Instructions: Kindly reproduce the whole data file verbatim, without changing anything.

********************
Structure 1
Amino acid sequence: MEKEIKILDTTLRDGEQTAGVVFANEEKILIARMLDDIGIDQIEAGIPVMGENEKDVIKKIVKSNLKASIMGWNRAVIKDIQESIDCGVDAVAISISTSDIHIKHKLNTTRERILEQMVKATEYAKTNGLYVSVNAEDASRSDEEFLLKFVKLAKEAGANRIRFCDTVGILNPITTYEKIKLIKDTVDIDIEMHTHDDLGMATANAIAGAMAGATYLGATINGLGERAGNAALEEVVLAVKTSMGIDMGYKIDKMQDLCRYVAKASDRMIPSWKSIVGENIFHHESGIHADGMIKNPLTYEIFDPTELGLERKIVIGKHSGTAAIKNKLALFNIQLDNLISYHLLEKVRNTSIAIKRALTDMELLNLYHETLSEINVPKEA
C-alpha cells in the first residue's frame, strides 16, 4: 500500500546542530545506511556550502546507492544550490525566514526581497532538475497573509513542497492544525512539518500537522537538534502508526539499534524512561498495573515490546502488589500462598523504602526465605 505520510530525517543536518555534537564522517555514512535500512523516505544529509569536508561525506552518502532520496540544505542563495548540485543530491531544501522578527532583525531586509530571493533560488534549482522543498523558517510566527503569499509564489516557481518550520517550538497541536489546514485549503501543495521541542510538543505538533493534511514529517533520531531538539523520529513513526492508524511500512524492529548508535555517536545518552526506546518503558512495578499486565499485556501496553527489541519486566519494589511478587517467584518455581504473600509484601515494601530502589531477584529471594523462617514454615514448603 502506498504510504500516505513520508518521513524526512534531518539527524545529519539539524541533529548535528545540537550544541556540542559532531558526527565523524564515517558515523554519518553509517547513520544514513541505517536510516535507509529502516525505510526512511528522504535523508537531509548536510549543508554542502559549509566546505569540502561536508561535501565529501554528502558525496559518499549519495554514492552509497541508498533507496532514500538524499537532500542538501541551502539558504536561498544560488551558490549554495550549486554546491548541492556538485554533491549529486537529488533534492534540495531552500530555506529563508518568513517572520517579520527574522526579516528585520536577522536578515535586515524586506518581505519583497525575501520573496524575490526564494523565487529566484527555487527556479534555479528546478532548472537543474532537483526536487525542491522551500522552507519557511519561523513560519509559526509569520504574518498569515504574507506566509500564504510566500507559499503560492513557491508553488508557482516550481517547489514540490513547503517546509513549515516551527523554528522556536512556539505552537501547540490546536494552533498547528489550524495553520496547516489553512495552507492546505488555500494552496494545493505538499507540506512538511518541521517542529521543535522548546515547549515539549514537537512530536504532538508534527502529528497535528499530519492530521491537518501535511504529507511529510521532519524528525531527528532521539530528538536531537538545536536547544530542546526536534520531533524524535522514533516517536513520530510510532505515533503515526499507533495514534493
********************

Structure 1
Amino acid sequence: MEKEIKILDTTLRDGEQTAGVVFANEEKILIARMLDDIGIDQIEAGIPVMGENEKDVIKKIVKSNLKASIMGWNRAVIKDIQESIDCGVDAVAISISTSDIHIKHKLNTTRERILEQMVKATEYAKTNGLYVSVNAEDASRSDEEFLLKFVKLAKEAGANRIRFCDTVGILNPITTYEKIKLIKDTVDIDIEMHTHDDLGMATANAIAGAMAGATYLGATINGLGERAGNAALEEVVLAVKTSMGIDMGYKIDKMQDLCRYVAKASDRMIPSWKSIVGENIFHHESGIHADGMIKNPLTYEIFDPTELGLERKIVIGKHSGTAAIKNKLALFNIQLDNLISYHLLEKVRNTSIAIKRALTDMELLNLYHETLSEINVPKEA
C-alpha cells in the first residue's frame, strides 16, 4: 500500500546542530545506511556550502546507492544550490525566514526581497532538475497573509513542497492544525512539518500537522537538534502508526539499534524512561498495573515490546502488589500462598523504602526465605 505520510530525517543536518555534537564522517555514512535500512523516505544529509569536508561525506552518502532520496540544505542563495548540485543530491531544501522578527532583525531586509530571493533560488534549482522543498523558517510566527503569499509564489516557481518550520517550538497541536489546514485549503501543495521541542510538543505538533493534511514529517533520531531538539523520529513513526492508524511500512524492529548508535555517536545518552526506546518503558512495578499486565499485556501496553527489541519486566519494589511478587517467584518455581504473600509484601515494601530502589531477584529471594523462617514454615514448603 502506498504510504500516505513520508518521513524526512534531518539527524545529519539539524541533529548535528545540537550544541556540542559532531558526527565523524564515517558515523554519518553509517547513520544514513541505517536510516535507509529502516525505510526512511528522504535523508537531509548536510549543508554542502559549509566546505569540502561536508561535501565529501554528502558525496559518499549519495554514492552509497541508498533507496532514500538524499537532500542538501541551502539558504536561498544560488551558490549554495550549486554546491548541492556538485554533491549529486537529488533534492534540495531552500530555506529563508518568513517572520517579520527574522526579516528585520536577522536578515535586515524586506518581505519583497525575501520573496524575490526564494523565487529566484527555487527556479534555479528546478532548472537543474532537483526536487525542491522551500522552507519557511519561523513560519509559526509569520504574518498569515504574507506566509500564504510566500507559499503560492513557491508553488508557482516550481517547489514540490513547503517546509513549515516551527523554528522556536512556539505552537501547540490546536494552533498547528489550524495553520496547516489553512495552507492546505488555500494552496494545493505538499507540506512538511518541521517542529521543535522548546515547549515539549514537537512530536504532538508534527502529528497535528499530519492530521491537518501535511504529507511529510521532519524528525531527528532521539530528538536531537538545536536547544530542546526536534520531533524524535522514533516517536513520530510510532505515533503515526499507533495514534493